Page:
Correcting language usage does have some place in the world… not because it’s important to put i before e except after c, but in order to maintain the utility of specific terms (or even grammatical moods). However, doing it in most social situations makes you an asshole. I am therefore listing some instances below where I have had to Bite My Tongue. This excludes my more specific beef with “the point”. Broadly, I tend to get most annoyed by a lot of these where the misuses originate in people wanting to sound fancy.

begs the question

Unless you are pointing out that someone’s beginning their argument with a supposition (like “Let’s say…”) had covertly supposed the very truth of the thing they’re supposed to be arguing for, you should probably be using “raises the question”.


Disinterested is what a judge needs to be. Disinterested is a term for ethics committee hearings. The word you probably wanted is uninterested.


A group can be diverse. An individual cannot. You can (and should) have a diverse candidate pool. You cannot have a diverse candidate. This misuse isn’t about a mistaken word or a misapplied term–it seems like a slip that reveals a shallow understanding of diversity.


“Emergent” is not the adjectival form of “emergency”. I wonder sometimes if people make this mistake because it rhymes with “urgent”, a word that is pretty much what they mean…

filter bubble

Filter bubble is not synonymous with “digital echo chamber”. It also does not refer to homophily, the proximity principle, or group polarization.


via wiki:

The concept is first described by philosopher of language John L. Austin when he referred to a specific capacity: the capacity of speech and communication to act or to consummate an action. Austin differentiated this from constative language, which he defined as descriptive language that can be “evaluated as true or false”. Common examples of performative language are making promises, betting, performing a wedding ceremony, an umpire calling a strike, or a judge pronouncing a verdict.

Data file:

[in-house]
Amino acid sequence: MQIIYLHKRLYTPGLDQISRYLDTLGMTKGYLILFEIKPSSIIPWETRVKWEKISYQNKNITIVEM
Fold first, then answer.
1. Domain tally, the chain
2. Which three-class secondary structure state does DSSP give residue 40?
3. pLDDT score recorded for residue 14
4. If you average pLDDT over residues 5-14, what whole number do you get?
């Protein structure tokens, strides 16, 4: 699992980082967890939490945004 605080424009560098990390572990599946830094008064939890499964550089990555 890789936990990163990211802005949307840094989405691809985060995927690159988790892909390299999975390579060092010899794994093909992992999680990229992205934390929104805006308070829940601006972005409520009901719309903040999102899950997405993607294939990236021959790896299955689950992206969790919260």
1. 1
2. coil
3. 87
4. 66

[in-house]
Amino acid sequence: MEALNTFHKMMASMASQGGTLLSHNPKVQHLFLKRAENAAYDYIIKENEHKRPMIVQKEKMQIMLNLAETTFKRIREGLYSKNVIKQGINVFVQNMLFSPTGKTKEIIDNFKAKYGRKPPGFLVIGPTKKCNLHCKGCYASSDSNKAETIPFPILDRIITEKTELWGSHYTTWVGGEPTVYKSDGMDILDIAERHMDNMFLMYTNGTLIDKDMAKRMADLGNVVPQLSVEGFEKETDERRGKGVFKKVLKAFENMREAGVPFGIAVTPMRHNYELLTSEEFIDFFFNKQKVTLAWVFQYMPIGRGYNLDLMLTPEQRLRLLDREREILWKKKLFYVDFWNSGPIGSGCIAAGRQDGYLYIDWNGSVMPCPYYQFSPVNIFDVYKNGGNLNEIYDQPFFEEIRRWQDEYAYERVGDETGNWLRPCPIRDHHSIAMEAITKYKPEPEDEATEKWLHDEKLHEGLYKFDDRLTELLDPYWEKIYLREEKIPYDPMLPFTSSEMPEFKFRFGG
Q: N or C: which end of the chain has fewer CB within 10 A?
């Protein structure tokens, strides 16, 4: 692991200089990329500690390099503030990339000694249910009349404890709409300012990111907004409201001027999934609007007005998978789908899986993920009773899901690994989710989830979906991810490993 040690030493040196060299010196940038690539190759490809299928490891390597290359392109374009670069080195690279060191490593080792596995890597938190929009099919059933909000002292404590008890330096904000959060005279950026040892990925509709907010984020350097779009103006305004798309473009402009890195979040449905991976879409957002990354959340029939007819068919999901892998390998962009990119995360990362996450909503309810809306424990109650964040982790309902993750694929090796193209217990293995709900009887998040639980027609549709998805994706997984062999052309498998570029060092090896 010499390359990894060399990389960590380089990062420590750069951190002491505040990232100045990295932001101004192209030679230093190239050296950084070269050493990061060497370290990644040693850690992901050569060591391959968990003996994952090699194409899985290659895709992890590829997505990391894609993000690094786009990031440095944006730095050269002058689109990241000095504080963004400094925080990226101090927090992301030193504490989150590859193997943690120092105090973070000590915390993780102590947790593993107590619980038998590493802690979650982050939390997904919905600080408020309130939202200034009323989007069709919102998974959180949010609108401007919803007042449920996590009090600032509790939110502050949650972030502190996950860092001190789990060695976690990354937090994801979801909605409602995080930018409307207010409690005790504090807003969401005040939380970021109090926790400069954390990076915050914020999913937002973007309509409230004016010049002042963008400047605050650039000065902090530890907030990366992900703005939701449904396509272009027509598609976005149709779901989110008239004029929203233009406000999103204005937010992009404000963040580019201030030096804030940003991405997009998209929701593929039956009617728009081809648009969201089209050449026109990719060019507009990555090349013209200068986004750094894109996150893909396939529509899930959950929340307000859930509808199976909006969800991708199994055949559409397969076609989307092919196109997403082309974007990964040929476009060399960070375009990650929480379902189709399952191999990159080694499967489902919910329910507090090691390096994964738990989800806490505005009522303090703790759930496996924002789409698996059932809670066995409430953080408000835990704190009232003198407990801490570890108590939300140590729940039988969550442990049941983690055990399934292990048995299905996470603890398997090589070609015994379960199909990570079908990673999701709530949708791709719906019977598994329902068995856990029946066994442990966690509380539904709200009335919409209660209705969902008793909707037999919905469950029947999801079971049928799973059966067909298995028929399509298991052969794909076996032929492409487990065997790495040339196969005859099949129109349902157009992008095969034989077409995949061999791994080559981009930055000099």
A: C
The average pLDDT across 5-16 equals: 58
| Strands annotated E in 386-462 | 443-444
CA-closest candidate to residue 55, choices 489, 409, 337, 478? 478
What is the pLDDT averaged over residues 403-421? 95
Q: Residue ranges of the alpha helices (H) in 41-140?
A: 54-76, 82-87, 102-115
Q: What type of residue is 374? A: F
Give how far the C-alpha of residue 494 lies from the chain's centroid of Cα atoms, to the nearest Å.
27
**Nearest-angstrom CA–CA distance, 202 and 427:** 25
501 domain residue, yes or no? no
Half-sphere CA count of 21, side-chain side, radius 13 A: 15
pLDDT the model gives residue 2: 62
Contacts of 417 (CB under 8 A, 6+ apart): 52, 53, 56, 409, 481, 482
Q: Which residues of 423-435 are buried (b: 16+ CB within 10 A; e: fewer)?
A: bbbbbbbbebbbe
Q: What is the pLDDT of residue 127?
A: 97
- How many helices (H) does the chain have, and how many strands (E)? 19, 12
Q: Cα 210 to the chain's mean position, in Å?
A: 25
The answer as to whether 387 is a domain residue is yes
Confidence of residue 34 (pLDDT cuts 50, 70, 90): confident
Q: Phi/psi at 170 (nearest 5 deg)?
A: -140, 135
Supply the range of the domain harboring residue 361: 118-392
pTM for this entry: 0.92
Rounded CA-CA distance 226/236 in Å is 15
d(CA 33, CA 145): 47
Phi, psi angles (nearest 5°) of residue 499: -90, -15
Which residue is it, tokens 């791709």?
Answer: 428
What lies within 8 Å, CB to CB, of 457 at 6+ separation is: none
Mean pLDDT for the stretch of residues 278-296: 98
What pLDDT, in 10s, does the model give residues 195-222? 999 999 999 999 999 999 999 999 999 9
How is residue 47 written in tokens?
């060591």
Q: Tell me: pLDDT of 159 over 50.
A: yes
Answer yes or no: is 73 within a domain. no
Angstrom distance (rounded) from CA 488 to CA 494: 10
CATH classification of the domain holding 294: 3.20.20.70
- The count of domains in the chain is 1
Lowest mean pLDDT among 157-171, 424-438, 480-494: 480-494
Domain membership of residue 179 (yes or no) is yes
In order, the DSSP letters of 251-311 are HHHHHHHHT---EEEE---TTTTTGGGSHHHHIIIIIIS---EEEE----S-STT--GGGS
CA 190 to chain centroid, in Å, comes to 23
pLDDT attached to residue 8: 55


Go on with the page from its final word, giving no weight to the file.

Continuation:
Influenced by Austin, philosopher and gender theorist Judith Butler argued that gender is socially constructed through commonplace speech acts and nonverbal communication that are performative, in that they serve to define and maintain identities. This view of performativity reverses the idea that a person’s identity is the source of their secondary actions (speech, gestures). Instead, it views actions, behaviors, and gestures as both the result of an individual’s identity as well as a source that contributes to the formation of one’s identity which is continuously being redefined through speech acts and symbolic communication.

Wilfred McClay in the Hedgehog Review:

When the bride and groom say “I do” in their marriage ceremony, or when the officiant pronounces them man and wife, when promises are made and words of permission are granted, when a will orders the bequest of a precious object, and in fact in nearly all contracts—the language being used is performative in character. It is language that does not merely describe something. It enacts something.

There is much more to be said about Austin’s thought and its successors, but the simple point is that performative speech, rightly understood, is the very opposite of speech that is phony or used only for show (though it may well appear theatrical).

If what you mean is “for show”, “insincere”, or “lip service”, please say one of those instead. This is a really useful term that describes a particular thing, and its increasingly common misuse is degrading that usefulness.


“Stop romanticizing [X]! Its actually a big dramatic emotional struggle involving alienation”

I have seen this expressed more times than I can count and every single time I despair.

Wanderer above the Sea of Fog - Wikipedia

If you’re not immediately familiar with this painting and its relevance, you will probably be safer substituting “idealize” for “romanticize”.